- 14 BA programmes (single or combined), nine taught MA programmes, Research Degrees and Certificates
- UK’s largest university department specialising in the languages and culture of the Middle East
- An intensive programme of language instruction with students spending the third year of their studies at a university in the Arab Middle East
At SOAS we offer a unique combination of world-class teaching and research on 5,000 years of culture, from cuneiform and ziggurats to Arabic and Islamic revolution. There are programmes of study available here that are not offered at any other UK university. With our unrivalled linguistic expertise, study abroad options and central London campus location which allows our students to take advantage of the capital’s many Middle East cultural centres, the Near and Middle East Department sits at the very forefront of the study of the languages and culture of this fascinating region.
Facts and Figures
- Ranked 1st in the UK (NSS 2013/14)
- 91% satisfaction for teaching (NSS 2013/14)
- Excellent staff/student ratio
- SOAS possesses one of the country's best research libraries in Assyriology and related subjects
- Members of staff have been awarded major grants by funding bodies such as the British Academy and the Leverhulme Trust (More about our research)
UG Student Profile
The atmosphere at SOAS is incredibly stimulating, and learning in an environment with such a diverse group of engaged students has really made for a very unique learning experience.
Mia Eskelund Pedersen, BA Arabic and Development Studies
Read Mia's full profile
Bactrian belongs to the Iranian sub-branch of the Indo-European family and, until the end of the 20th century, it was virtually unknown. Professor Nicholas Sims-Williams has achieved a remarkable success in securing external funding for a succession of research projects on Bactrian, making it possible to decipher the cursive script and to compare it to other Middle Iranian languages. This research has shed light on a little-known period of Central Asian history and culture. See SOAS’ research into this lost Iranian language.
PG Student Profile
SOAS is a truly great institution that provides a stimulating learning environment with extensive resources and outstanding teaching staff. My course is structured in a way that has given me the opportunity to study course units exploring the history; politics and cultures of the Middle East region, drawing upon the expertise of renowned academics from different disciplines.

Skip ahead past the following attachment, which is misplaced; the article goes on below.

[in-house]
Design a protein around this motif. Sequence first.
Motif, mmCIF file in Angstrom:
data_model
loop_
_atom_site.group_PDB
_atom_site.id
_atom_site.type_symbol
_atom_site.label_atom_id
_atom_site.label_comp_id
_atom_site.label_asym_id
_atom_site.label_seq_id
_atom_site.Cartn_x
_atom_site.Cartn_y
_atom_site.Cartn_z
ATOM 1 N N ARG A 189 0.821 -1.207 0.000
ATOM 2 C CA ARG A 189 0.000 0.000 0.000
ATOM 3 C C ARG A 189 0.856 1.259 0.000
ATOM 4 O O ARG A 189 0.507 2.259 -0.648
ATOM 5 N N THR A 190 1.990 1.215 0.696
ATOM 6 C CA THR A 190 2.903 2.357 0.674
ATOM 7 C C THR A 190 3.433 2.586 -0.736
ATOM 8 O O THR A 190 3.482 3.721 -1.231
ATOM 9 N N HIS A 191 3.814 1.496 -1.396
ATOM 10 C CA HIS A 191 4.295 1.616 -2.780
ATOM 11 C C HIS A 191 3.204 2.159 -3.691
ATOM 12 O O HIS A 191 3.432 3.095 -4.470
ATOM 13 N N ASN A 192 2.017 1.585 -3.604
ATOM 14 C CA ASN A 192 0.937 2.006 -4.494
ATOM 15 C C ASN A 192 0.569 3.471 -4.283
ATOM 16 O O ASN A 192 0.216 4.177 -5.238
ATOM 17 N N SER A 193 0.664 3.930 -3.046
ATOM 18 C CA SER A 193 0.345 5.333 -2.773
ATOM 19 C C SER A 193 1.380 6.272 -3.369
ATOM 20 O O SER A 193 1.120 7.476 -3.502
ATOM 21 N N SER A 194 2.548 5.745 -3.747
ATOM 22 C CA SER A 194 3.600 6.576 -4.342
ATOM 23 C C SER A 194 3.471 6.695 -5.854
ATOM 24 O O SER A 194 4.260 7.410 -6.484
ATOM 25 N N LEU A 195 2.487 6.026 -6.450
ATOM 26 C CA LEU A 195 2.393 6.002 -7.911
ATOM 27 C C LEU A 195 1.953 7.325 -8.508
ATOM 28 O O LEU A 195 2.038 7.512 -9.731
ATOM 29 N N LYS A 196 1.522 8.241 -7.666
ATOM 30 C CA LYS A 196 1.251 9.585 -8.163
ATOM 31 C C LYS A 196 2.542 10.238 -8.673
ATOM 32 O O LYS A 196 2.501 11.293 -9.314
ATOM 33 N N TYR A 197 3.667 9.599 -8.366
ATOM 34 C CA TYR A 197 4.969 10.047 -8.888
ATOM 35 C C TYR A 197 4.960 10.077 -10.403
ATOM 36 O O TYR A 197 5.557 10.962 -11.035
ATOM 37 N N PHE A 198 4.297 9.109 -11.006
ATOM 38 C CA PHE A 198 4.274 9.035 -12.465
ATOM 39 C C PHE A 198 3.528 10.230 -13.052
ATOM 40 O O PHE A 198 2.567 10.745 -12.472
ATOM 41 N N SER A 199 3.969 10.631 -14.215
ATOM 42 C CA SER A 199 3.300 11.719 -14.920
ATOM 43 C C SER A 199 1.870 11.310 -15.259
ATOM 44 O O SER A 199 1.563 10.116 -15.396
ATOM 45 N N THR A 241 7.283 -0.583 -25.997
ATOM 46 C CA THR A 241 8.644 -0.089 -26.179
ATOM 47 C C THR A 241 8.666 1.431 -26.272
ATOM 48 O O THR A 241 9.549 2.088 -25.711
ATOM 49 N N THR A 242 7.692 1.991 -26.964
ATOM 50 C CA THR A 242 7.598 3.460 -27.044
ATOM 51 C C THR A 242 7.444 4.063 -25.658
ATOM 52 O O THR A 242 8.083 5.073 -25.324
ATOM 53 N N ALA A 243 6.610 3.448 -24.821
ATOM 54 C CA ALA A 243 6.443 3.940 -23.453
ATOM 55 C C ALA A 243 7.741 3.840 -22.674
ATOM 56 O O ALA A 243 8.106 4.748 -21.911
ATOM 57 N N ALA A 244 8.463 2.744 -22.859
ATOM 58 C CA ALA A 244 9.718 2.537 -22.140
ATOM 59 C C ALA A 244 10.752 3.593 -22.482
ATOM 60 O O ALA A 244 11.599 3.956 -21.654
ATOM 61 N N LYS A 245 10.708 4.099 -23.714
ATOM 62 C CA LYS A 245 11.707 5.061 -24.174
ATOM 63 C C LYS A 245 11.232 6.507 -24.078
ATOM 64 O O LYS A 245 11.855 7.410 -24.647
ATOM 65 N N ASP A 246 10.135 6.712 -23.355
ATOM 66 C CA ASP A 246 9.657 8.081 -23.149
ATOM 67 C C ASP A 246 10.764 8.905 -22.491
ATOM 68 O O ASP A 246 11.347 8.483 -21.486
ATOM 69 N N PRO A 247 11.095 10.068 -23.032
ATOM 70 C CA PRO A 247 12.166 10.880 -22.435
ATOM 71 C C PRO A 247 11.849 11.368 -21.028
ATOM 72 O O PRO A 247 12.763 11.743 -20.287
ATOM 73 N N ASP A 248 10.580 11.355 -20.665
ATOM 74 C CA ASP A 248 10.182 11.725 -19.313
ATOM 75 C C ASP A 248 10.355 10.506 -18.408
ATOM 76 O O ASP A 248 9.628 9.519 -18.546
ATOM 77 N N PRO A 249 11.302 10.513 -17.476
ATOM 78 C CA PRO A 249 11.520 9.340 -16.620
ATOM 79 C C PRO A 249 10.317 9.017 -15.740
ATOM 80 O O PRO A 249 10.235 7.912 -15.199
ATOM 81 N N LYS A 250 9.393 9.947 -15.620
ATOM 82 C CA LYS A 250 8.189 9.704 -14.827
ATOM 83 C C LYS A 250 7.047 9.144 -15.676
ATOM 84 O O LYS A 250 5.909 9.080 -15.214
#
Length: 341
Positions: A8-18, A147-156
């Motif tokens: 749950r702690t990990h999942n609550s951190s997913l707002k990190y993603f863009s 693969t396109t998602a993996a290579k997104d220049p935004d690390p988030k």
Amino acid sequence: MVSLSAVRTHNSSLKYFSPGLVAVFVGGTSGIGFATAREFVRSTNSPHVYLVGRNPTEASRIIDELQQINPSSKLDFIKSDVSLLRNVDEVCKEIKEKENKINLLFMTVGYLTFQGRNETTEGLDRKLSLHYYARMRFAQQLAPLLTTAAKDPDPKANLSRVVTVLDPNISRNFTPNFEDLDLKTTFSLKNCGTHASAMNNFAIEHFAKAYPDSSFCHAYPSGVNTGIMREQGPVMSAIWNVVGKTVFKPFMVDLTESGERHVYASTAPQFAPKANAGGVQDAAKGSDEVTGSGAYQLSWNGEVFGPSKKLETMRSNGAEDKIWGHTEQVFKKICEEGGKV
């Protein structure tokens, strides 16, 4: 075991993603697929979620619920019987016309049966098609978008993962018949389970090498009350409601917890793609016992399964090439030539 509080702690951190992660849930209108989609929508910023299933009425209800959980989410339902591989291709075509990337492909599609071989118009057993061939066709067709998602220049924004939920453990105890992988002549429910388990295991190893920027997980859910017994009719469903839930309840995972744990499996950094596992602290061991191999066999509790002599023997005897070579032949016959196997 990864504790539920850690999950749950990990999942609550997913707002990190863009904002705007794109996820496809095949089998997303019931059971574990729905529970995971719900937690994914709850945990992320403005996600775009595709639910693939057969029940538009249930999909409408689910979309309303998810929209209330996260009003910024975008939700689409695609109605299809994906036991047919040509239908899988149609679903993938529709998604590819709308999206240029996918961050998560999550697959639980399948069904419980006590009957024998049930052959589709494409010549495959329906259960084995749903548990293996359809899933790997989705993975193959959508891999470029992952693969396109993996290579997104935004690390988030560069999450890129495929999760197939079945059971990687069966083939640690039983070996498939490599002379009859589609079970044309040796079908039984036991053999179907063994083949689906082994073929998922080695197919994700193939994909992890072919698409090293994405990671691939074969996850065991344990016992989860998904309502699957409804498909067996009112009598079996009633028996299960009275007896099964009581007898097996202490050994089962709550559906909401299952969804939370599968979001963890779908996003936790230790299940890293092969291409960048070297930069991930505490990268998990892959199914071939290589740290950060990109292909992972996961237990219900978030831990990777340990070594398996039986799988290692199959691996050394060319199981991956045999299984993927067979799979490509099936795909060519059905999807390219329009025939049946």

Mohammad Mirbashiri, MA Near and Middle Eastern Studies
Mohammad's full profile
Our Head of Department says
Our department is truly a department of firsts. We are the first and only UK department that offers the opportunity to study Hittite (the oldest known Indo-European language); we were the first to appoint a Professor in Israeli Studies and are now home for the European Association of Israeli Studies; we were the first to offer both MA Israeli Studies and MA Palestine Studies concurrently, and we are the only department in the UK which allow students to study Georgian as part of a BA degree. Our Arabic programmes are second to none.
In addition to these ground-breaking academic innovations, we are one of the very few British universities that offer the study of Akkadian and Sumerian languages, as well as the comprehensive study of modern and classical Persian and Turkish language and literature at full degree level. Needless to say, we are a department that prides itself on challenging conventional thinking and aspires to be different.
The wide range of subjects studied within the Department of Languages and Cultures of the Near and Middle East reflects not only the present economic and political importance of the region, but also the diversity and historical depth of culture within an area that stretches from North Africa to the borders of China and includes some of the most ancient cradles of civilisation and the birth-places of several of the world’s great religions. I invite you to come and join one of our programmes where you will be part of a vibrant department that has received excellent ratings for both teaching and research.
A new research project, funded by the Leverhulme Trust, on Economic integration and social change in the Islamic world system, 800-1000 CE is being set up by Professor Hugh Kennedy and Dr Fanny Bessard. This project will investigate the economic structures of the Muslim world from the end of the eighth to the beginning of the eleventh centuries. It aims to bring a new understanding of the construction and development of the Islamic economy as a world system, stretching from Central Asia to the Atlantic.